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Nuclear concerns in Japan cause policy shocks internationally

March 17, 2011


The partial nuclear meltdown in Japan is causing mixed reactions for policy makers around the world, as they respond to concerns from citizens about the safety of this energy source. On the other side of the coin, these same policy makers are grappling with rising energy prices due to unrest in the Middle East. The question becomes: what source should we look to for our energy needs in the coming years? German Chancellor Angela Merkel has responded by moving away from nuclear production. Oppositely, here in the U.S. policy makers plan to move ahead with nuclear expansion, calling for increased security precautions. Secretary of the Department of Energy, Steven Chu made it clear nuclear would continue to be a part of the diverse package of energy sources U.S. policy makers will pursue.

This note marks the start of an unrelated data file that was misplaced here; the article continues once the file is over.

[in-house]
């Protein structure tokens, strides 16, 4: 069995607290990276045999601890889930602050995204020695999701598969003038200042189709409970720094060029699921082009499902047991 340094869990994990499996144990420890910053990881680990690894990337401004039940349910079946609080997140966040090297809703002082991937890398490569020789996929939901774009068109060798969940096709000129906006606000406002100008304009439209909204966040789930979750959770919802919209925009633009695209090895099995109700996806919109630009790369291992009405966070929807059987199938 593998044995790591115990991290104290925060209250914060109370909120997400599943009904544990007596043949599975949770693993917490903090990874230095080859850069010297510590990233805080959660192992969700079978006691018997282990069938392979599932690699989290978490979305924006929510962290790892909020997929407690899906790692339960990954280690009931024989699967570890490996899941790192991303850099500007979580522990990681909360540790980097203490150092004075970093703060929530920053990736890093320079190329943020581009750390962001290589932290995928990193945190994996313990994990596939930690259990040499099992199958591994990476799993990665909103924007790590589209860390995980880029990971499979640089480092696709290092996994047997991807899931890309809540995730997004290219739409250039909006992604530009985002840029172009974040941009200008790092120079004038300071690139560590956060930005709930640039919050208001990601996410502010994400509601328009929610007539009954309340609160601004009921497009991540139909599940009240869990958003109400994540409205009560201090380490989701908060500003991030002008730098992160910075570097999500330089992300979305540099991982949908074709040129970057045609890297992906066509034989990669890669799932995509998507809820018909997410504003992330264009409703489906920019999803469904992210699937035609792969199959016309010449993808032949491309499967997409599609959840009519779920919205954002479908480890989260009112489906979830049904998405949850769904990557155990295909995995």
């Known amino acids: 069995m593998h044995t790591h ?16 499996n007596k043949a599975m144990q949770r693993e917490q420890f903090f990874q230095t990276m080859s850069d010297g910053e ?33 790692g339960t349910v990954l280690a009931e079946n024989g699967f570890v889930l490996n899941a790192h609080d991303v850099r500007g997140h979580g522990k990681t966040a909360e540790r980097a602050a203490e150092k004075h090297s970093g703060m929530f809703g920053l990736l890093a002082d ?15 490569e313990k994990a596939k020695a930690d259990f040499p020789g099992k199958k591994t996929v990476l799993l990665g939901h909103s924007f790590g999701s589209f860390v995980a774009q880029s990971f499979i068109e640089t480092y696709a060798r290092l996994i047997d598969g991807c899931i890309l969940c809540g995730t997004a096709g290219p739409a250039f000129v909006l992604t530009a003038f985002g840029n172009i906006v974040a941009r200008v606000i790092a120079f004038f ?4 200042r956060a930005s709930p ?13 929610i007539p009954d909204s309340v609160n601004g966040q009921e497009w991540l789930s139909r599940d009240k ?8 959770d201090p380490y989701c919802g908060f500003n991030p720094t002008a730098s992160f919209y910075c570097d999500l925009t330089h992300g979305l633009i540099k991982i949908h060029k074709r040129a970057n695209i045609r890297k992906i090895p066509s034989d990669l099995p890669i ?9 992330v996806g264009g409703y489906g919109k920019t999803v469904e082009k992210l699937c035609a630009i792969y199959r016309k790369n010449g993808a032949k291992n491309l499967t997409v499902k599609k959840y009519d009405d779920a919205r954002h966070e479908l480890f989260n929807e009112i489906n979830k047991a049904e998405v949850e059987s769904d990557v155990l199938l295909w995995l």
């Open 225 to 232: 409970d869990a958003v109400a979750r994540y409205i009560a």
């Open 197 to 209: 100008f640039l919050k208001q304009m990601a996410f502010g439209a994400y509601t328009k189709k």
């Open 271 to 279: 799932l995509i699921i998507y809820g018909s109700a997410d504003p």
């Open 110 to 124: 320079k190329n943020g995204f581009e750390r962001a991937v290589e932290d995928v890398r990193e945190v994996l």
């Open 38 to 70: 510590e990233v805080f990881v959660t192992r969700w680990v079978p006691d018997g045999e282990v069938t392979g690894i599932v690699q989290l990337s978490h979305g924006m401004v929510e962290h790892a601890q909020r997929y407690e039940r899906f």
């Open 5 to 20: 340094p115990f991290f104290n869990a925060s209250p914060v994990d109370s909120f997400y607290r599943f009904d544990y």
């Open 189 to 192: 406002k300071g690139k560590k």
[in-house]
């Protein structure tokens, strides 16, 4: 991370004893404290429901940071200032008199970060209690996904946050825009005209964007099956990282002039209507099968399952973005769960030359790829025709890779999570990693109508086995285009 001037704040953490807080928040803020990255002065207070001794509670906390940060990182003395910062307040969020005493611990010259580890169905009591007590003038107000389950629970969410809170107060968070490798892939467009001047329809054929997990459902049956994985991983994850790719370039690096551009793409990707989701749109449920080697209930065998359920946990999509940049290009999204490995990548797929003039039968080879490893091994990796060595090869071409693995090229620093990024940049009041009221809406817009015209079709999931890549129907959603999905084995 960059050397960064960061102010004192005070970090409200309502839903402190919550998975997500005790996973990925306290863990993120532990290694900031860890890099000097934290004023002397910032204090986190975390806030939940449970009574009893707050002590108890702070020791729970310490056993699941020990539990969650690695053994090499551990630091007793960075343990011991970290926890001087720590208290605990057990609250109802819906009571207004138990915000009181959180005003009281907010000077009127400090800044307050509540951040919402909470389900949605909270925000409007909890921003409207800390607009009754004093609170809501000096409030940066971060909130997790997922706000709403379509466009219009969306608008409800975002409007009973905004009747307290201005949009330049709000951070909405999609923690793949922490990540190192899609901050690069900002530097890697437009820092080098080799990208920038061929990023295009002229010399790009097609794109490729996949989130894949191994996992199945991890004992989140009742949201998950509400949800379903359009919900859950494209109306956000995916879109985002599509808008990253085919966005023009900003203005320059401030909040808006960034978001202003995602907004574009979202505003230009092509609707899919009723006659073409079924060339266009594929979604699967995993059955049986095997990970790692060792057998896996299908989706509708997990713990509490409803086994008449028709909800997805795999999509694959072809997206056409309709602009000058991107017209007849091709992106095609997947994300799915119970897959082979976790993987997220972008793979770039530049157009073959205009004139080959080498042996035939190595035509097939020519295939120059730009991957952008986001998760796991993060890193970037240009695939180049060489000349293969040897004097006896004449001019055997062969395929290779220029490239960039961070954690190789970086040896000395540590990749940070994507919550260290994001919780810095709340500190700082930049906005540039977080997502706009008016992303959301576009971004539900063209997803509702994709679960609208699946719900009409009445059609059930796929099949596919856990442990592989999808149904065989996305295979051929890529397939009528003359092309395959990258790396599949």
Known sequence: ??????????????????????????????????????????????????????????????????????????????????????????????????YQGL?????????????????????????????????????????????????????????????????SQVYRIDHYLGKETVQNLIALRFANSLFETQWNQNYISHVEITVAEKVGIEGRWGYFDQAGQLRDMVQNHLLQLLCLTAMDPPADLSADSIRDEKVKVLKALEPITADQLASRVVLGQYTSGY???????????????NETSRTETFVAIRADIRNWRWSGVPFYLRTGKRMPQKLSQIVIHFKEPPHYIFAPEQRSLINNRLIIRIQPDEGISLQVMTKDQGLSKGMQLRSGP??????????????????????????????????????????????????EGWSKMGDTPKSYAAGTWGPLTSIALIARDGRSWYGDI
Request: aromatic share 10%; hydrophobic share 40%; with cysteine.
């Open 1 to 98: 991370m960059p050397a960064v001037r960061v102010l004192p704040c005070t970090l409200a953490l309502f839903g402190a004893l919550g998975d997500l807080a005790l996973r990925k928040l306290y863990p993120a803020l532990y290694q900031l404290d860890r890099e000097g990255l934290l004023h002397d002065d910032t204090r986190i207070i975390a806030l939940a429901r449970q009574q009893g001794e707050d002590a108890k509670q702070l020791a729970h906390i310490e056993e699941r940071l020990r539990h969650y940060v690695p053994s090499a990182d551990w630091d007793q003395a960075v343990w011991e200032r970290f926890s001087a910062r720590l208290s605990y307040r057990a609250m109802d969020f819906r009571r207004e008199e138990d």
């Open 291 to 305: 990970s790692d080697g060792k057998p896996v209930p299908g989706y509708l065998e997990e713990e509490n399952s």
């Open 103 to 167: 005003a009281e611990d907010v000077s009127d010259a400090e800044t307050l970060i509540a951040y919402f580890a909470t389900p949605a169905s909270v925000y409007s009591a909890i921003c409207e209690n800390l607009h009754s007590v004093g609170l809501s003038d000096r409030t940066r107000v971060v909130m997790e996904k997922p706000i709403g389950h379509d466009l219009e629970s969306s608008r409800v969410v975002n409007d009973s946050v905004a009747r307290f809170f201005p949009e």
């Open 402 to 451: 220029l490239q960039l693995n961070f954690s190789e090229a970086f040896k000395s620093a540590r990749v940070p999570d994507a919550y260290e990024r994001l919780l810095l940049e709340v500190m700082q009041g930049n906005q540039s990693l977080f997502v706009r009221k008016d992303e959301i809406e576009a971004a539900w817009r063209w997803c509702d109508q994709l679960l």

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The rise of global food and energy prices may drive greater diversity in the energy market, and potentially the growth of the clean tech industry.

Internationally clean technology markets are mixed. The Chinese solar industry, particularly photovoltaic cell maker Hanwha Solar One, is experiencing a dip in first quarter prices. In the Middle East, there is new activity in the renewable energy sector. USAID is promoting clean technology growth in Jordan, under the pretense of the need for energy security and water conservation. If projects move forward, Jordan could be set to lead the clean technology sector in the Middle East.

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